The few hours of sleep, the crowded subway or long commute in the car, the endless hours sitting in an uncomfortable office chair looking at a computer screen… the hustle and bustle of everyday life can lead to problems with our back, neck, and knees. But there is something you can do about this and you only need one inexpensive item: tennis balls! Use them to do these simple exercises as often as possible and you might just be able to avoid a trip to the physiotherapist or chiropractor. Watch the following video to see how…
1. Back pain
To relieve pressure on your back muscles caused by poor sitting posture or standing all day, try the following exercise: lying down, place two tennis balls under your back lengthwise, between the tailbone and the ribs (careful not to place them directly under the spine!). Then move your hips on both sides, so that the balls roll down the back and massage it. If you want, you can put the balls in a sock so they don’t roll away. As with the rest of these exercise, you should find a pressure that’s comfortable to you. So if you feel the need to, perform this exercise on a softer surface or place a cushion under your head.
2. Neck pain
To relax the muscles in this area, lie on your back on the floor, stretch your legs out, and place two tennis balls (preferably inside a bag or sock) at the base of your skull under your neck, so that your head rests on it. Tense your toes and push the balls a small amount upwards so that you can feel a stretch in your neck. Once you feel the stretch, you can relax your toes again. Then take at least 10 deep breaths.
3. Hip pain
The pain in the hips usually appears when you wear uncomfortable shoes like heels or when you sit for too long. To relieve the pain, lie on the floor, place the tennis ball under one side of your hip and use it as a support. Once you have found the balance, move your hip in a circular motion 12 times slowly in one direction and then in the other. When you finish, change the ball to the other hip and repeat.
4. Shoulder pain
Relieving tension in the shoulders is very simple: lie on your back on the floor with your knees bent and place the tennis ball between your shoulder blade and your spine. Then slowly begin to move your stretched-out arm over your body, head and the floor in a circular motions. Make sure you find a pressure that’s comfortable.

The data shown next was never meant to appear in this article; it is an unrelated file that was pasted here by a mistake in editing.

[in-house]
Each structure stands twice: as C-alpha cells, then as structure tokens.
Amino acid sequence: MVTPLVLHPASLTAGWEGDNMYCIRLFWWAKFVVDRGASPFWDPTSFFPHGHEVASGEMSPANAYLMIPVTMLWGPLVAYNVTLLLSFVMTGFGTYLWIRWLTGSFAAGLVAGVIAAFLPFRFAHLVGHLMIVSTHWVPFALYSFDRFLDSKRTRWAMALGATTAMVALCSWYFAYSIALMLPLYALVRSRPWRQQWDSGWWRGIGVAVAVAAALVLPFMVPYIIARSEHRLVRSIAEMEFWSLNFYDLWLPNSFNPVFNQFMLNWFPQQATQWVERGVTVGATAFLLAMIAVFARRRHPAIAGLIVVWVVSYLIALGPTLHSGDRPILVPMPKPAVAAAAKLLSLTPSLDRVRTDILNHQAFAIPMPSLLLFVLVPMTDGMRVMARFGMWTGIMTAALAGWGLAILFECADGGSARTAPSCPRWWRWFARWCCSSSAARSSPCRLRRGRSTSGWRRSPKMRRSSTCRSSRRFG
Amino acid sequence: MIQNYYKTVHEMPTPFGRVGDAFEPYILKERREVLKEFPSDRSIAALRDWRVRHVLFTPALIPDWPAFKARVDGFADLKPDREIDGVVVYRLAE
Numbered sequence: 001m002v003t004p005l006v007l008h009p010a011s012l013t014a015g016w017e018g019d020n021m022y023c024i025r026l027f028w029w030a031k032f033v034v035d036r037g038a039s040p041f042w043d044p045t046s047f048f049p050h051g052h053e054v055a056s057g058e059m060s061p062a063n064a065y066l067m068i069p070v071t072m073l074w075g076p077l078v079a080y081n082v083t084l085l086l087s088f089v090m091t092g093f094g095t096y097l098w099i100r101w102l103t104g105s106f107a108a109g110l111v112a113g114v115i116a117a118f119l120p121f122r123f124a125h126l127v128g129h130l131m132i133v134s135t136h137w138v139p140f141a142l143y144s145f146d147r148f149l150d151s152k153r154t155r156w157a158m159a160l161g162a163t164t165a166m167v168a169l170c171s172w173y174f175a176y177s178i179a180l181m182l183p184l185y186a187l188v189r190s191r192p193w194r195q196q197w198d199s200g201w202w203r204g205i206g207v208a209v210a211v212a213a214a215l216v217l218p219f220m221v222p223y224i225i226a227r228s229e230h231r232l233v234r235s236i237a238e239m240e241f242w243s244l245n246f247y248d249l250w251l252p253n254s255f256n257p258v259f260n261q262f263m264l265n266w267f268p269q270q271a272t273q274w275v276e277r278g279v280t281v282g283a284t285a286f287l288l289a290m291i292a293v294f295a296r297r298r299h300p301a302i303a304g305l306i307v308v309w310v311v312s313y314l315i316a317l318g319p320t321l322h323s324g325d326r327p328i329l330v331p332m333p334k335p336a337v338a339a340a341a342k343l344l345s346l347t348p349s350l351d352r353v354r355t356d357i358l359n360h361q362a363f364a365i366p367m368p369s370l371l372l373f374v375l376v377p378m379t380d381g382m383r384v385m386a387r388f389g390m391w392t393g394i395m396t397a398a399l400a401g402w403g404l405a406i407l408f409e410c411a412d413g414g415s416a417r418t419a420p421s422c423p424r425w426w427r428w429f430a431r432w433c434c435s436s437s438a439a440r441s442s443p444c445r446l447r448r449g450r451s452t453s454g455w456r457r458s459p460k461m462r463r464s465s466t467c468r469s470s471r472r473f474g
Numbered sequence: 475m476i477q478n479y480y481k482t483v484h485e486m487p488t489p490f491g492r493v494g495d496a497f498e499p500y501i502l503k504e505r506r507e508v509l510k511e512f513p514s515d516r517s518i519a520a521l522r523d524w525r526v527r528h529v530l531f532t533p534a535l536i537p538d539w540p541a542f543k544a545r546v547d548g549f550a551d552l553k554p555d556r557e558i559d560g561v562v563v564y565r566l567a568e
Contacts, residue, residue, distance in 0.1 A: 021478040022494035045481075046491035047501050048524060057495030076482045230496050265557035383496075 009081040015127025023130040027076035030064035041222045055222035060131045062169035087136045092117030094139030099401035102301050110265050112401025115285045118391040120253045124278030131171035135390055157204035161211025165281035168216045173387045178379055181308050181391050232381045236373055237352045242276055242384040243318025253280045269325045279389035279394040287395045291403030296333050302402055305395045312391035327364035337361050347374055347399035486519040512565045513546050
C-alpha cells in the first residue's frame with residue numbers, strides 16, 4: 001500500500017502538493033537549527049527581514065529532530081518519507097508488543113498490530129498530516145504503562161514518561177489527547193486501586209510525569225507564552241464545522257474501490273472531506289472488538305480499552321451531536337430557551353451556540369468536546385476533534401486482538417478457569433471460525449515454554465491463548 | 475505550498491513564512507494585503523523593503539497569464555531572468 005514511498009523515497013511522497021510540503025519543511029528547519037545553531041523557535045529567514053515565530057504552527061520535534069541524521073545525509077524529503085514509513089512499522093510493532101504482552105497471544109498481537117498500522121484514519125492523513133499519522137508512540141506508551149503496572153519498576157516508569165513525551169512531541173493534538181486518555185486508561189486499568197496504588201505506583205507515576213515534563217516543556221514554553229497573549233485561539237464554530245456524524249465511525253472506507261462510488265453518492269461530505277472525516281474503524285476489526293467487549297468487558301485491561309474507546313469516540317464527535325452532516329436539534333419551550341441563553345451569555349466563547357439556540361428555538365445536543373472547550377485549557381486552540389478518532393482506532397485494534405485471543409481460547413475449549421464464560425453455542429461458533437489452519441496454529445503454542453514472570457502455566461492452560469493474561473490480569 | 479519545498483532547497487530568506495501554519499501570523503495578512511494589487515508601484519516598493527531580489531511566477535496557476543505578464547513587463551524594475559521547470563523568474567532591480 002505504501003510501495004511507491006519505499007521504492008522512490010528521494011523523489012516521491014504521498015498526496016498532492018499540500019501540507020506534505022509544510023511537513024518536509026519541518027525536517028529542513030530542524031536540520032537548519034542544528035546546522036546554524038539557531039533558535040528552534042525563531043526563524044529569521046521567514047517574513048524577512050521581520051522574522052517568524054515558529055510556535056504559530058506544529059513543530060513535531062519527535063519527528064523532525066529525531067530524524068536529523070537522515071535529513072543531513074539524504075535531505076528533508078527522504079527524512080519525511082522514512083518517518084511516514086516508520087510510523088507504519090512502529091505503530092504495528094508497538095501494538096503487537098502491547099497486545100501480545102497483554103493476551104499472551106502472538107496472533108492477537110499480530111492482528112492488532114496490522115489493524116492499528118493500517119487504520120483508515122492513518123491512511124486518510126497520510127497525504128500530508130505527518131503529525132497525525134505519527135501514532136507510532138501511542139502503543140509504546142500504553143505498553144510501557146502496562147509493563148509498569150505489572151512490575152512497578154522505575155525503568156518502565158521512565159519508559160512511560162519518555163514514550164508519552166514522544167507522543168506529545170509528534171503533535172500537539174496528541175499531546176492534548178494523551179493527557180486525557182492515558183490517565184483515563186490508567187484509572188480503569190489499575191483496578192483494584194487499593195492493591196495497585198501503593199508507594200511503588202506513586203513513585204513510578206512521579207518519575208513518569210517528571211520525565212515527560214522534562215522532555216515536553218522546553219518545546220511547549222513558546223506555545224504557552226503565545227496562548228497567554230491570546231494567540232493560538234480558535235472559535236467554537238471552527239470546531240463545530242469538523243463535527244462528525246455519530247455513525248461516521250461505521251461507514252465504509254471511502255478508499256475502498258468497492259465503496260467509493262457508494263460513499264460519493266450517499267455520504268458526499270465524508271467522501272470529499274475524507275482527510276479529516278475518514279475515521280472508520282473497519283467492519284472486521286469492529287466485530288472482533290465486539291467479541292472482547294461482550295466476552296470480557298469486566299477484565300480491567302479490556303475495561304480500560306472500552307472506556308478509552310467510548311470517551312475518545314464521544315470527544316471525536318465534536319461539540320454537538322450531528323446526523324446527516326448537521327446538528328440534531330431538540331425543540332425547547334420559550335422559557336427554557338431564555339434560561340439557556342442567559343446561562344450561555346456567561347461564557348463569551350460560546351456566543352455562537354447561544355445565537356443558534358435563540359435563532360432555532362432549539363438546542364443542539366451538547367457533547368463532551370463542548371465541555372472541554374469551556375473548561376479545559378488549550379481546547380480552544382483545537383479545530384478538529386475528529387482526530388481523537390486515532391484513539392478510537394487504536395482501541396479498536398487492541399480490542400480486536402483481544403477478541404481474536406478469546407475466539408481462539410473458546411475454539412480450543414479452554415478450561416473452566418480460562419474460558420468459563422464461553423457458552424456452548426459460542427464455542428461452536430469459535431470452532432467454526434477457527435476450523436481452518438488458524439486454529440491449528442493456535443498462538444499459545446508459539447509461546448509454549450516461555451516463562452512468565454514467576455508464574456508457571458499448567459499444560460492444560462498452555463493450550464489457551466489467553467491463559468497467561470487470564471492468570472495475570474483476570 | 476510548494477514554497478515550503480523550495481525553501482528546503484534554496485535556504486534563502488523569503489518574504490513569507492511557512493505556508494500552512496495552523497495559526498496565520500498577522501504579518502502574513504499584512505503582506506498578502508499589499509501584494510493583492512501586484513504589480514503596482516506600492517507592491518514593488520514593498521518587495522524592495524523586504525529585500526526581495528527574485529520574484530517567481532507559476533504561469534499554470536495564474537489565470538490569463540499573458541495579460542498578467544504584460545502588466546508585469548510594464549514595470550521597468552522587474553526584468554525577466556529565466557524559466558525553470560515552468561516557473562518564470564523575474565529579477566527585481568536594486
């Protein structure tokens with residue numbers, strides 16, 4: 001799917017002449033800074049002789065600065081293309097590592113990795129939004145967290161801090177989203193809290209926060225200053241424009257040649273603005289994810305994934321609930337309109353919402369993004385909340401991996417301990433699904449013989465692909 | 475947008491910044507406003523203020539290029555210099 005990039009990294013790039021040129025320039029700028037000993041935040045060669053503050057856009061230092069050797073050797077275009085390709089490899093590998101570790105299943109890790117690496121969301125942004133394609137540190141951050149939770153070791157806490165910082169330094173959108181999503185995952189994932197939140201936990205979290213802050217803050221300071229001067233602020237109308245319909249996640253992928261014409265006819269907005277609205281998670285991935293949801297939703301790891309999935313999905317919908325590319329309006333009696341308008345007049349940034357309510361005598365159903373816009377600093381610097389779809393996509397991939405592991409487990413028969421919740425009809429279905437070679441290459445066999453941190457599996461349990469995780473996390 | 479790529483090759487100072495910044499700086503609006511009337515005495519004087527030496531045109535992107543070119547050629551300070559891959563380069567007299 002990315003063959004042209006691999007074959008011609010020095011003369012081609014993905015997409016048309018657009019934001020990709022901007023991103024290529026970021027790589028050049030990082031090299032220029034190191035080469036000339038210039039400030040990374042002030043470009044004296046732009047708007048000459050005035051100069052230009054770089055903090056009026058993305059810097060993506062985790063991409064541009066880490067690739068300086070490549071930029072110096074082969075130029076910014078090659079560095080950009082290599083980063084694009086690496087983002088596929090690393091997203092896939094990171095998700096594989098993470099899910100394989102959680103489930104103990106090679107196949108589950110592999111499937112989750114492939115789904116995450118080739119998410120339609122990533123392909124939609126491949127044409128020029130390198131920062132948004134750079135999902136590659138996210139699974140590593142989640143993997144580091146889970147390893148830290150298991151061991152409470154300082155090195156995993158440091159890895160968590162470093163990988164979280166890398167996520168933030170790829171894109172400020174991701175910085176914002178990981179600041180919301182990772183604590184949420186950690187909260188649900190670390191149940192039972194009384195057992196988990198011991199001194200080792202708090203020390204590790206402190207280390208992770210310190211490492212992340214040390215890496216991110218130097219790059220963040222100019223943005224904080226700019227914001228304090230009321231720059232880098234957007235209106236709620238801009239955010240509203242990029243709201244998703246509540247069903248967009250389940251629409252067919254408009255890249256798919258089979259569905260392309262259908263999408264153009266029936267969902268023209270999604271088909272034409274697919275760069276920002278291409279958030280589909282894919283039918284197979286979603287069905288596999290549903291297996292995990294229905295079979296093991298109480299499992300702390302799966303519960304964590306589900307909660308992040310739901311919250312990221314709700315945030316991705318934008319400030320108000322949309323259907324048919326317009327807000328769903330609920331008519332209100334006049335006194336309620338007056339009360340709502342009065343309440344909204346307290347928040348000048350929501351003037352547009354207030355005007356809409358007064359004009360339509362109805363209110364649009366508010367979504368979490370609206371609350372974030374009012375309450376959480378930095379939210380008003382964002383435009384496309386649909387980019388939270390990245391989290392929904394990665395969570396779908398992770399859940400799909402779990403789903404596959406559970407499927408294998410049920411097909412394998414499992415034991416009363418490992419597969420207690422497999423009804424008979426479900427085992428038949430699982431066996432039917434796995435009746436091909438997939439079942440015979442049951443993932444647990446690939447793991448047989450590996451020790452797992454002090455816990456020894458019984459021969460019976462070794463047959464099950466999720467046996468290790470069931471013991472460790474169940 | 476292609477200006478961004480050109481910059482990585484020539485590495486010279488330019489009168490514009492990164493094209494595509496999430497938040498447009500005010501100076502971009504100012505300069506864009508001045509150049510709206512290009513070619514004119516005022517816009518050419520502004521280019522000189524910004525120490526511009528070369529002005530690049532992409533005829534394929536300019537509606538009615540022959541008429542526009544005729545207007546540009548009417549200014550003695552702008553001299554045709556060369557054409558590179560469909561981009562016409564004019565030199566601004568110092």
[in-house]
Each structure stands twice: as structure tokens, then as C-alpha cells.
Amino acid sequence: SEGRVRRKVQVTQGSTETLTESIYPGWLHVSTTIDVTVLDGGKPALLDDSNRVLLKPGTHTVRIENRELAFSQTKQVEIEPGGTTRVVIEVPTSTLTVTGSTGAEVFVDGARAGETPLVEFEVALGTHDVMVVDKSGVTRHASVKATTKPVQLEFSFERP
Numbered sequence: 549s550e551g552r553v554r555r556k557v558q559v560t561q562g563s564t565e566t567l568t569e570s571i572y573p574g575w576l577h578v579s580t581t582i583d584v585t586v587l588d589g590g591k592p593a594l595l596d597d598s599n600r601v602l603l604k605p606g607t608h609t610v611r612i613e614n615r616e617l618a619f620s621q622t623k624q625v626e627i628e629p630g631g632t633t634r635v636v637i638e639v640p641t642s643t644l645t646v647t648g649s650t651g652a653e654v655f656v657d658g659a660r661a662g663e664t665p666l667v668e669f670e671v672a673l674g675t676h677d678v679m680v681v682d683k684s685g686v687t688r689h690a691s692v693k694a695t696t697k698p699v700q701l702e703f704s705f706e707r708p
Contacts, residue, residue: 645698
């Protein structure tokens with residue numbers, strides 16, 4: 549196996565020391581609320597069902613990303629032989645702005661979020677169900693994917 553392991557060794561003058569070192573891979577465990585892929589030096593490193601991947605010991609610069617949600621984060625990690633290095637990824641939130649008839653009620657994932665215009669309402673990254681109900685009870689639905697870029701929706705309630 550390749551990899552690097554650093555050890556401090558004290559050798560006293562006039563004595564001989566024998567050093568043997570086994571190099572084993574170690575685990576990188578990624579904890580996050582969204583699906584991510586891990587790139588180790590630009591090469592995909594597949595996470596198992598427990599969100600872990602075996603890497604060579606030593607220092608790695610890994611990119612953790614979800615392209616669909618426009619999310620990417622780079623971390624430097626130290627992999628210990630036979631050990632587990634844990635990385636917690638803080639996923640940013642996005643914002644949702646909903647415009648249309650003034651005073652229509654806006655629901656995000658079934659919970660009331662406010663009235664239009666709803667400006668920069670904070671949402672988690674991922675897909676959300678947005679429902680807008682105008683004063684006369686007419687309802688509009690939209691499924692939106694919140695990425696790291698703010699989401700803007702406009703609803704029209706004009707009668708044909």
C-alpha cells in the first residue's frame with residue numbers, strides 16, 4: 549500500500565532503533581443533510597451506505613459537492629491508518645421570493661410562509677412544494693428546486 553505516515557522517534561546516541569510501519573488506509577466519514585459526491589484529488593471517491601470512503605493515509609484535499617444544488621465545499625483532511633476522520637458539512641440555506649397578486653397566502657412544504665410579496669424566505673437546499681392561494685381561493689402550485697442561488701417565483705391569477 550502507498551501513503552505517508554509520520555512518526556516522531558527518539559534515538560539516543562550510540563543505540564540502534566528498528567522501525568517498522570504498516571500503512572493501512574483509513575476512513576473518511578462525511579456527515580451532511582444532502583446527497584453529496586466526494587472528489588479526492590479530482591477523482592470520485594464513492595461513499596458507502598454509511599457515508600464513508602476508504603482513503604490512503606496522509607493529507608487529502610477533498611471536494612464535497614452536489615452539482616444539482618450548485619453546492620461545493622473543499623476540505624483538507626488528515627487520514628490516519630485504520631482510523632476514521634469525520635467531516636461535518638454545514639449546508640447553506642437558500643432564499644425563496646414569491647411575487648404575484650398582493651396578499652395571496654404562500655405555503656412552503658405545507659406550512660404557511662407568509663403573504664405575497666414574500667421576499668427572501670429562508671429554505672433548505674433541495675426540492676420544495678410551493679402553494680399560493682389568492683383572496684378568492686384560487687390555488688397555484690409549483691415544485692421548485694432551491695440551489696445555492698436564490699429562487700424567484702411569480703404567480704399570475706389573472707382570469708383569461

5. Leg muscles and knee joint
If you notice that your knees hurt, this exercise will help you: in a sitting position, bend one knee and place the ball on the back of it. Pull your leg so that you press the ball between your calf and thigh, as if trying to crush the ball, count to 10 and relax. Count to 10 and repeat it again eight to 10 times. Then repeat with the other knee.
6. Foot reflex zone
To exercise the foot reflex zone, place the ball on the floor and roll your foot over it. You can decide how much pressure you apply on it. Roll the ball of your foot, the arch of your foot, your heel, and the inside of your foot for 30 to 60 seconds. To finish, repeat the exercise on the other foot.
7. Hand massage
Using the computer mouse on a daily basis is one of the main causes of having sore hands. Sitting on the floor, place one hand on a ball. Place your other hand on it to exert pressure, and “crush” the ball by dropping your weight on it. Stay in this position for one minute while breathing deeply. Then move the ball from side to side and then up and down, tracing the shape of an asterisk in the palm of your hand for two to three minutes. Repeat with the other hand.
You can perform some of the exercises against a wall while standing. Simply place the tennis ball on the tense area in your neck, shoulder or back, leans against the wall, and roll the ball in circles with the movement coming from your knees. Although tennis balls may initially be somewhat uncomfortable and hard, after performing these exercises, you’ll notice how your muscles are much more relaxed and you’ll be able to face everyday life with all the energy that it requires. Who would have thought that two tennis balls could do all that?